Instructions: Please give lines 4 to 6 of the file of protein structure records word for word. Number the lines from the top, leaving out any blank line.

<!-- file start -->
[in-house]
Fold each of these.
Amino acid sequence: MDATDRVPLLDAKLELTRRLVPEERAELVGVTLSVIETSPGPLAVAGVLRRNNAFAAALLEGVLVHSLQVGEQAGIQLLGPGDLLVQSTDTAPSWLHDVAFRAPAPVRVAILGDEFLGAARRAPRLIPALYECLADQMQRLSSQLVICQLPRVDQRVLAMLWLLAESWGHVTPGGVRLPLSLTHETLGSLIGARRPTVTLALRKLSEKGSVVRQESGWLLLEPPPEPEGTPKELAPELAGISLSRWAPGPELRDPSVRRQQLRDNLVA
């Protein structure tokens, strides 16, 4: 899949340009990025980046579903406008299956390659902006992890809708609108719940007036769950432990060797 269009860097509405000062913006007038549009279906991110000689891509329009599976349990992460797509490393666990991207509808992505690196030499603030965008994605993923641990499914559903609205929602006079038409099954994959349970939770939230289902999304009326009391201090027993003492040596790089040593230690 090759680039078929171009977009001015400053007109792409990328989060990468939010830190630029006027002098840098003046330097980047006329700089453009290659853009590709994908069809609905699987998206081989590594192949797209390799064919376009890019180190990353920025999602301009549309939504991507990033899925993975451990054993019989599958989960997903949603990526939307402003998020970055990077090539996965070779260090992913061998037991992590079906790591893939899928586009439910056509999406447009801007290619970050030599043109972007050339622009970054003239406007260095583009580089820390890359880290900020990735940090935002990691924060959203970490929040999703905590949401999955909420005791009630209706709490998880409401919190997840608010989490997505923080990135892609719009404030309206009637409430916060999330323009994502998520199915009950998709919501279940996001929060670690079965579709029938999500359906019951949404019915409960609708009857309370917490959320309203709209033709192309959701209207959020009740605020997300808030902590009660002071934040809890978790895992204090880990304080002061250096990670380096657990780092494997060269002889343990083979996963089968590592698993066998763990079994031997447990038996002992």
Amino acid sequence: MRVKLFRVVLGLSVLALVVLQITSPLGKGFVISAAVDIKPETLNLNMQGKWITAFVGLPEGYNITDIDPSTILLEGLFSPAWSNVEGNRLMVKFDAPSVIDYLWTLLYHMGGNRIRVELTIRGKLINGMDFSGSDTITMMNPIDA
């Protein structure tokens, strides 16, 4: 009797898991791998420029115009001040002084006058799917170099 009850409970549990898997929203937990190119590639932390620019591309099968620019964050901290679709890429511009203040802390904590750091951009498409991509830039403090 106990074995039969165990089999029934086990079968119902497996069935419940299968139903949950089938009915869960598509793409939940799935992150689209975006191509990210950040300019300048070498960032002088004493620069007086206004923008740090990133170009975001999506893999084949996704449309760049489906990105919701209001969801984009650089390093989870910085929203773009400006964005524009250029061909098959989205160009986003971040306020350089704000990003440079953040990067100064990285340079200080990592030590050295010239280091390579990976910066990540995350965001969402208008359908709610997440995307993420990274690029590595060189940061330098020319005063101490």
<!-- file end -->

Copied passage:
């Protein structure tokens, strides 16, 4: 899949340009990025980046579903406008299956390659902006992890809708609108719940007036769950432990060797 269009860097509405000062913006007038549009279906991110000689891509329009599976349990992460797509490393666990991207509808992505690196030499603030965008994605993923641990499914559903609205929602006079038409099954994959349970939770939230289902999304009326009391201090027993003492040596790089040593230690 090759680039078929171009977009001015400053007109792409990328989060990468939010830190630029006027002098840098003046330097980047006329700089453009290659853009590709994908069809609905699987998206081989590594192949797209390799064919376009890019180190990353920025999602301009549309939504991507990033899925993975451990054993019989599958989960997903949603990526939307402003998020970055990077090539996965070779260090992913061998037991992590079906790591893939899928586009439910056509999406447009801007290619970050030599043109972007050339622009970054003239406007260095583009580089820390890359880290900020990735940090935002990691924060959203970490929040999703905590949401999955909420005791009630209706709490998880409401919190997840608010989490997505923080990135892609719009404030309206009637409430916060999330323009994502998520199915009950998709919501279940996001929060670690079965579709029938999500359906019951949404019915409960609708009857309370917490959320309203709209033709192309959701209207959020009740605020997300808030902590009660002071934040809890978790895992204090880990304080002061250096990670380096657990780092494997060269002889343990083979996963089968590592698993066998763990079994031997447990038996002992």
Amino acid sequence: MRVKLFRVVLGLSVLALVVLQITSPLGKGFVISAAVDIKPETLNLNMQGKWITAFVGLPEGYNITDIDPSTILLEGLFSPAWSNVEGNRLMVKFDAPSVIDYLWTLLYHMGGNRIRVELTIRGKLINGMDFSGSDTITMMNPIDA
């Protein structure tokens, strides 16, 4: 009797898991791998420029115009001040002084006058799917170099 009850409970549990898997929203937990190119590639932390620019591309099968620019964050901290679709890429511009203040802390904590750091951009498409991509830039403090 106990074995039969165990089999029934086990079968119902497996069935419940299968139903949950089938009915869960598509793409939940799935992150689209975006191509990210950040300019300048070498960032002088004493620069007086206004923008740090990133170009975001999506893999084949996704449309760049489906990105919701209001969801984009650089390093989870910085929203773009400006964005524009250029061909098959989205160009986003971040306020350089704000990003440079953040990067100064990285340079200080990592030590050295010239280091390579990976910066990540995350965001969402208008359908709610997440995307993420990274690029590595060189940061330098020319005063101490």